Double Flips With A Spandex Clad Sex Machine

I wasn’t going to read another Danielle Steele book after finding them too predictable but when I saw The Klone and I my resolve weakened.

The main character Stephanie is 41, divorced and at a low ebb when she meets 59 year old Peter in Paris. Her marriage break up 2 years earlier came as a total shock to her. She believed that her and her husband Roger were happy until the day he told her that he had met somebody else, didn’t love her and wanted a divorce.

Stephanie blamed the break up on letting herself go and becoming frumpy. Once over the shock she threw away her flannelette nighties, dieted and exercised and bought herself a new wardrobe. Her new image didn’t get her husband back as she secretly hoped but it did give her the confidence to help rebuild her life and start dating again.

Some people manage to find new partners quickly after break ups and diminish their feelings of hurt and rejection. Others like Stephanie try the dating game and meet many prospective partners but none ever feel right. After the break up Stephanie realised or perhaps accepted that her husband had used her for a meal ticket. She had a healthy private income and he was in and out of work or following pipe dreams for a lot of their 13 year marriage leaving her to support them and their two children. Roger’s new partner has a larger trust fund than Stephanie, making her feel as if her money had been why he stayed with her for so long rather than herself and he had waited to move on until he found a better meal ticket. The feeling of being used would bring a massive blow to the confidence and it would be hard to learn to trust anybody of the opposite sex. Stephanie had just about given up on the hope of finding a new partner when she met wealthy bionic engineer Peter.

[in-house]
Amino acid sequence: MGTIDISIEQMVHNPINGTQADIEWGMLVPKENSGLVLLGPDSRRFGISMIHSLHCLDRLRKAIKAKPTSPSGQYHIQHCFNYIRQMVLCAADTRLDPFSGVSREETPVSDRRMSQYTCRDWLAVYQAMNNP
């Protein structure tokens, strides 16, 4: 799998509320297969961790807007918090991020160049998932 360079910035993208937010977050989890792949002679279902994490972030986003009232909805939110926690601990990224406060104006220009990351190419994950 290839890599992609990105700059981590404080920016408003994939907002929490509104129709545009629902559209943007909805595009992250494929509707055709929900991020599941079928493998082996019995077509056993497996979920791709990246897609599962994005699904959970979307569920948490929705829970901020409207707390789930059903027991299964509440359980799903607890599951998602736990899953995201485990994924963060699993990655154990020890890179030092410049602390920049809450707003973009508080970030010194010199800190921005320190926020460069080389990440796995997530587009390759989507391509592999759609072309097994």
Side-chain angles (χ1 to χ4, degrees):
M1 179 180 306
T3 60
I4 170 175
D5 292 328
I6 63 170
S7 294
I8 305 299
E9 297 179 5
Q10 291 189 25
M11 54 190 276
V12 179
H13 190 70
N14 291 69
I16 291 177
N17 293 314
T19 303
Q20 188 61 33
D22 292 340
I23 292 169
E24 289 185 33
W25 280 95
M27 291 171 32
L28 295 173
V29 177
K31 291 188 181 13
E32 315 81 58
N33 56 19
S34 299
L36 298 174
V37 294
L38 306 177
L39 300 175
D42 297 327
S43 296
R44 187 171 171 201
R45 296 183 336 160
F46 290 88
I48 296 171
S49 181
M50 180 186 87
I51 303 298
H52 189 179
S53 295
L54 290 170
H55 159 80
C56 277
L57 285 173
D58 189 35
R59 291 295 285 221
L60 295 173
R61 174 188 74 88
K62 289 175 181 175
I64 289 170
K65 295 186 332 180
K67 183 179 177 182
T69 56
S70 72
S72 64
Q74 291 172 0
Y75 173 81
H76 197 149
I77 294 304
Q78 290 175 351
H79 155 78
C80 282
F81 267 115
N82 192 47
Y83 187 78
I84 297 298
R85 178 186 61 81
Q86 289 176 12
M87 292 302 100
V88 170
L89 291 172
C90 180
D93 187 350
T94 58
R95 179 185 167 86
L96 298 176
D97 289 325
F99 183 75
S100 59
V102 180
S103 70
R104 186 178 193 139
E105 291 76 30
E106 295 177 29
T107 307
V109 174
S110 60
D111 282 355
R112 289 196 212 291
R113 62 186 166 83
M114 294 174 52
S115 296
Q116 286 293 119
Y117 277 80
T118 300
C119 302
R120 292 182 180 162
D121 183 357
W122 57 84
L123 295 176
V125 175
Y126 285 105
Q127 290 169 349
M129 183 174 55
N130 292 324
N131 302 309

She had gone to Paris to pick up her children after them spending a holiday in the south of France with their father and his new wife. For a few days before meeting them she shopped and explored Paris. Peter was staying at the same hotel as her and they shared some of that time together. By coincidence Peter also lived in New York and the relationship continued and grew once they got back. After 3 months Peter announced that he had to go to California for 2 weeks to oversee the company that he owns there and says that he has a surprise for her.

The surprise rang her doorbell and turned out to be Peter or his double called Paul who is exactly like Peter in good looks and physique but totally opposite Peter in dress sense and behaviour. Peter is conservative in every way that Paul is not and when Stephanie first sees Paul dressed in fluorescent green skin-tight and revealing satin pants, a see through sparkly black net shirt, black satin cowboy boots with rhinestone buckles and wearing a diamond peace chain around his neck she believes that Peter is playing a joke or has flipped.